For those of you who followed my tutorial on using @font-face, you will remember that generating the proprietary font file for Internet Explorer was not an easy task. Now, there are websites and desktop software that will convert your TrueType (TTF) font file to an Embedded OpenType (EOT) file format. Here are a few resources that I have found:
If you’re using Grails and the Grails UI plugin’s autocomplete feature, you may have noticed all of your textboxes have disappeared in Chrome 10. This is thanks to Chrome 10 adding a new default browser style for an invalid attribute: “hidden”.
Take a look at this jsFiddle: http://jsfiddle.net/jennyfofenny/VkCXh/ If you remove the CSS style on the right, Chrome 10 will by default hide input elements that have the “hidden” attribute set to true. The problem with this is that the hidden attribute is not a valid attribute – and should therefore be “undefined”.
So, if you’ve noticed this issue, make sure to add the following CSS style to your reset stylesheet so Chrome 10 behaves like all the other browsers:
Recently, I got an award at work known as the “Superman Award”. It is a Superman action figure that collects a new accessory with each recipient. And at this point, it has collected quite a bit of stuff. So, I’ve decided to make an addition of my own. Since the Superman Award is essentially a katamari at this point, I went ahead and made a crochet katamari (in the style of the PS2 game Katamari Damacy, of course). The attempt I made for the Superman award turned out OK, but I improved upon it and have posted the pattern below for your enjoyment.Read the rest of this entry »
I was reading a submission on Reddit the other day about a screenshot of Roller Coaster Tycoon. That screenshot drew me into a Wikipedia wormhole that started with the article on Roller Coaster Tycoon and culminated in my visiting the page on Theme Hospital. In the article, it talks about various attempts to develop an open source game engine based on Theme Hospital using the old game assets. So, I found CorsixTH (which is in Beta), and wouldn’t you know, it’s just like Theme Hospital! I noticed a couple small bugs and the “Charts” menu isn’t fleshed out, but it’s just like the game I remember.
I caught our kitty, Helo, on camera the other day – all stretched out.
Recently, I was browsing CSS Beauty and noticed quite a few articles on the CSS3 @font-face rule. I have always been somewhat unhappy with sIFR – I just don’t like having Flash files as header text. However, after reading more about the @font-face rule, I found out that it may be a suitable substitute for my special headline fonts – it’s also mostly cross-browser compliant (and Google Chrome will be adding support in the next version). So, I decided to change my sIFR font headings to use the @font-face rule and my process is detailed below.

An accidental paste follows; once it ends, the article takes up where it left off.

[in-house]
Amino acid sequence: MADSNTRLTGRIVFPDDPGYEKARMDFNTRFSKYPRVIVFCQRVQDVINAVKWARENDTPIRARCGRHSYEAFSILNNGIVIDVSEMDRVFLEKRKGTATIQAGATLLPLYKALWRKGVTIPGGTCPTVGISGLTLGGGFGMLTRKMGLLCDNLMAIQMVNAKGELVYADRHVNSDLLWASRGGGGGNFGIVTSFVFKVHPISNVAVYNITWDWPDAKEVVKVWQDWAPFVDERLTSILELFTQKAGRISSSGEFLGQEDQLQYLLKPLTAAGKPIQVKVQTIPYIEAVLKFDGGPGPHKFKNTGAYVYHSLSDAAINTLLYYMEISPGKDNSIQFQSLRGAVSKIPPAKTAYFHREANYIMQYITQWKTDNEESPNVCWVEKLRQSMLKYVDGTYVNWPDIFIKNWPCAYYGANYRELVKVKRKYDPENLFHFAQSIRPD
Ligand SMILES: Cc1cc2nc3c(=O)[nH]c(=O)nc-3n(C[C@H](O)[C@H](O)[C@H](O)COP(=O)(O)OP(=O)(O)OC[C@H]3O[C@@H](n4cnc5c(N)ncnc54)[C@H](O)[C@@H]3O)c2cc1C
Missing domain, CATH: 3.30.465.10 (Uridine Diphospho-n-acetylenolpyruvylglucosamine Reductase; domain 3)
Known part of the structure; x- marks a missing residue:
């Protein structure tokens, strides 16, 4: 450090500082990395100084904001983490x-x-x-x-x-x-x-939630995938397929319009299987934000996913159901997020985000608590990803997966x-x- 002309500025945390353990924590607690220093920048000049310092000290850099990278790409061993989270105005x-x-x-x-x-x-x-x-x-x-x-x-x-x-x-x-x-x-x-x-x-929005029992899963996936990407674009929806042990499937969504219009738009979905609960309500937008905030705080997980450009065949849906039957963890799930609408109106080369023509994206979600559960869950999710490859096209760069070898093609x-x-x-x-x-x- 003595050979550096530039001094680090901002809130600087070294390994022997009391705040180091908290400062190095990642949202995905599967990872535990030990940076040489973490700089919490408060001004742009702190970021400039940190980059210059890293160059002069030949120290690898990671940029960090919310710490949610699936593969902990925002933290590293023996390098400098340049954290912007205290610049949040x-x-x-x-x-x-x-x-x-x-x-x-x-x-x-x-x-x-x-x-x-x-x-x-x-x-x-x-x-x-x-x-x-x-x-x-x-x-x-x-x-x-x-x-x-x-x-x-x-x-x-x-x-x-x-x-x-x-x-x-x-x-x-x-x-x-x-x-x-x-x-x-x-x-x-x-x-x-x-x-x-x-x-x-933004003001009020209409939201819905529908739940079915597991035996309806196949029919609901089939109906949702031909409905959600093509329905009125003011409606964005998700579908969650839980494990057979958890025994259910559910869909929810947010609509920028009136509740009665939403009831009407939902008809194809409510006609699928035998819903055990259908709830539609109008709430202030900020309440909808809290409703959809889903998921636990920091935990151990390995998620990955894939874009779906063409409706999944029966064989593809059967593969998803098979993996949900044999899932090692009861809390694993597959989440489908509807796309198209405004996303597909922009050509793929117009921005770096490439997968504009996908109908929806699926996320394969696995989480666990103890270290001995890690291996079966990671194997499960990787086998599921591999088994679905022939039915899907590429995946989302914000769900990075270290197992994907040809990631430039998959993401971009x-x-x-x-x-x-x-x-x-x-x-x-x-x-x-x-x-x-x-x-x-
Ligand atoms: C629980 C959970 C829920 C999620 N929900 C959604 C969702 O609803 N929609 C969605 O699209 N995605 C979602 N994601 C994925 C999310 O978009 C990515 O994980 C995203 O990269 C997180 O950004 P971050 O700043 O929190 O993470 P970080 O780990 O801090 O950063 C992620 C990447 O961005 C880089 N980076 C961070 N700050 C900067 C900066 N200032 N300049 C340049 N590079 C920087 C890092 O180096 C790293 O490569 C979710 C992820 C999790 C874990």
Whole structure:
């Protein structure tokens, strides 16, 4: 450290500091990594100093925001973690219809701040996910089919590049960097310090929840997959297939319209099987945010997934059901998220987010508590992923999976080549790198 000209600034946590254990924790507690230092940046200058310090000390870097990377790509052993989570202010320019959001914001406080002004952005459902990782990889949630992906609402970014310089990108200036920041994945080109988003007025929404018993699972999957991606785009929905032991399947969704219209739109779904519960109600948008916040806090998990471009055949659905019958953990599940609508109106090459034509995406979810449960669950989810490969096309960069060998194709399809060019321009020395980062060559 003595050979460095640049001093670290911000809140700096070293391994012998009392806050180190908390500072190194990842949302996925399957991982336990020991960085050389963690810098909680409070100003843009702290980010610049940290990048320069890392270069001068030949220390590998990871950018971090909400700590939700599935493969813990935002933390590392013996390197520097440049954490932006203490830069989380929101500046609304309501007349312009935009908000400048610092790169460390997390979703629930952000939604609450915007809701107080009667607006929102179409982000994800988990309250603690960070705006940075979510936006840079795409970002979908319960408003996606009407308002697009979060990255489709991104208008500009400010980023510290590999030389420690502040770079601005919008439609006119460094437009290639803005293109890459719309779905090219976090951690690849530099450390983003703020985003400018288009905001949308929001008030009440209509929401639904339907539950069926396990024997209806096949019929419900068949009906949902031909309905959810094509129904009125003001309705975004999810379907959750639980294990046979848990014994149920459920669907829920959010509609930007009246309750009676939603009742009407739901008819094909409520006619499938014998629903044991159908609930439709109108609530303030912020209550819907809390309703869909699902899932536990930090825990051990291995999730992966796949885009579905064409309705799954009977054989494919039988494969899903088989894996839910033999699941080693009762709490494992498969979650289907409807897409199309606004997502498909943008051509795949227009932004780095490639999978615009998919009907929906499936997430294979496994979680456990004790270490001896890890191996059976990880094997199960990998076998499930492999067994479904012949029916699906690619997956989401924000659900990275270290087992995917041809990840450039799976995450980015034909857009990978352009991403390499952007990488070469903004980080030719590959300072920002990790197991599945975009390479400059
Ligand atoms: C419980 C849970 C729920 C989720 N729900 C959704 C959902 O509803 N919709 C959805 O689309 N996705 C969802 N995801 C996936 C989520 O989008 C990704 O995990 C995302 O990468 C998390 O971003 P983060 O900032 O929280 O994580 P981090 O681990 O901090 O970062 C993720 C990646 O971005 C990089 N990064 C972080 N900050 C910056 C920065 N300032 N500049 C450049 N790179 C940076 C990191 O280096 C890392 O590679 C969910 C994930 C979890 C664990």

The first obstacle that I encountered during this process was obtaining a font that allowed for distribution (this is a tough issue since many fonts that you normally use on a site have a different license that does not allow for distribution). So, I was going to have to replace my Century Gothic font and, after some searching on the internet, I found the Liberation Sans font by Red Hat to be acceptable.
“CSS Sprites are the preferred method for reducing the number of image requests. Combine your background images into a single image and use the CSS background-image and background-position properties to display the desired image segment.”
This technique can be extended for non-background images on your site as well. However, some issues arise when you use CSS spriting for your main navigation elements(among other images):
- You can’t attach alternate text to divs for accessibility purposes
- CSS Spriting and the IE6 PNG fix are incompatible
- The images will not print out on printouts unless the client option to print background images is selected (this is bad for logos and menus, etc)
- For images in pages (that are not actually background images), it seems semantically bad to hide the image in CSS.
With these concerns in mind, I devised a cross-browser compliant solution that addresses all of the aforementioned problems. The new technique uses an image tag, a div, and the CSS clip property.